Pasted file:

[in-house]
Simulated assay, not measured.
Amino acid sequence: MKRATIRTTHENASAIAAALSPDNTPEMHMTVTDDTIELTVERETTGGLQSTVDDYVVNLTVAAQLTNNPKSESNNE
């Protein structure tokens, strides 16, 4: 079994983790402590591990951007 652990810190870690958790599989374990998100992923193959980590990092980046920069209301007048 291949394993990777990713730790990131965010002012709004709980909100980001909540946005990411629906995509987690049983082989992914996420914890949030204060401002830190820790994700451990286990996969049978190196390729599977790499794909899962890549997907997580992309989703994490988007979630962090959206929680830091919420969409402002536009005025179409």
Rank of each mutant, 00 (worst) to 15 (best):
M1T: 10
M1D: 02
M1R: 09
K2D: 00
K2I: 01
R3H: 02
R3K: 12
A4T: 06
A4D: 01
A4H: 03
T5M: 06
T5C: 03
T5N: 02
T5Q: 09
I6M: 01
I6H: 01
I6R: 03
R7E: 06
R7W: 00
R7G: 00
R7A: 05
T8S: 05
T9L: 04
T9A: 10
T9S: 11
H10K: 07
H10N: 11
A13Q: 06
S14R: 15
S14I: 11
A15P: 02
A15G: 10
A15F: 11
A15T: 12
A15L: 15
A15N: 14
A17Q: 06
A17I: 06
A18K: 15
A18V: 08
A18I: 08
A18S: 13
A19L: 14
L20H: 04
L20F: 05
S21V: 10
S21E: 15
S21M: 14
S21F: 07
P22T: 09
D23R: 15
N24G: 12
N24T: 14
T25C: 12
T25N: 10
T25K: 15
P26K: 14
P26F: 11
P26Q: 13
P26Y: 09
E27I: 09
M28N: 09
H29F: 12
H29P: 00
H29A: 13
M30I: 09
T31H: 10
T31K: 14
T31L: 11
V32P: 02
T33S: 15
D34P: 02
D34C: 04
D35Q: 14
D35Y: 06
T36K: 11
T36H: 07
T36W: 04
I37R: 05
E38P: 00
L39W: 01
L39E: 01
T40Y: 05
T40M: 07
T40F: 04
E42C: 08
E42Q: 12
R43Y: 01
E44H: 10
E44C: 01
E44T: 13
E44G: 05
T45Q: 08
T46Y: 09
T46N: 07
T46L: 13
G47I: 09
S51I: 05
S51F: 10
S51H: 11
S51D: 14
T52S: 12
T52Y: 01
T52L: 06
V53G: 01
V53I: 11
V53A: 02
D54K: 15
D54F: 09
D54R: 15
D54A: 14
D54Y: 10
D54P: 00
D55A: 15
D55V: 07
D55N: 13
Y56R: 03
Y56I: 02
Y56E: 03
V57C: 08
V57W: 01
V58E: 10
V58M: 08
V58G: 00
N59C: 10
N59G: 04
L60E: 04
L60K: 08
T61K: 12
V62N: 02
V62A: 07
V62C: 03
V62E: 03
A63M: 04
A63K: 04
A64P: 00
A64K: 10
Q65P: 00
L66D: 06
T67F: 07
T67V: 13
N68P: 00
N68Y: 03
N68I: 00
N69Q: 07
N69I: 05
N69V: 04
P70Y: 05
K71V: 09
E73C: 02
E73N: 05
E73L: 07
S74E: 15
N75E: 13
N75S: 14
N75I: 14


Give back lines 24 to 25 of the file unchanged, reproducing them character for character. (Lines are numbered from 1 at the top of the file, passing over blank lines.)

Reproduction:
R7W: 00
R7G: 00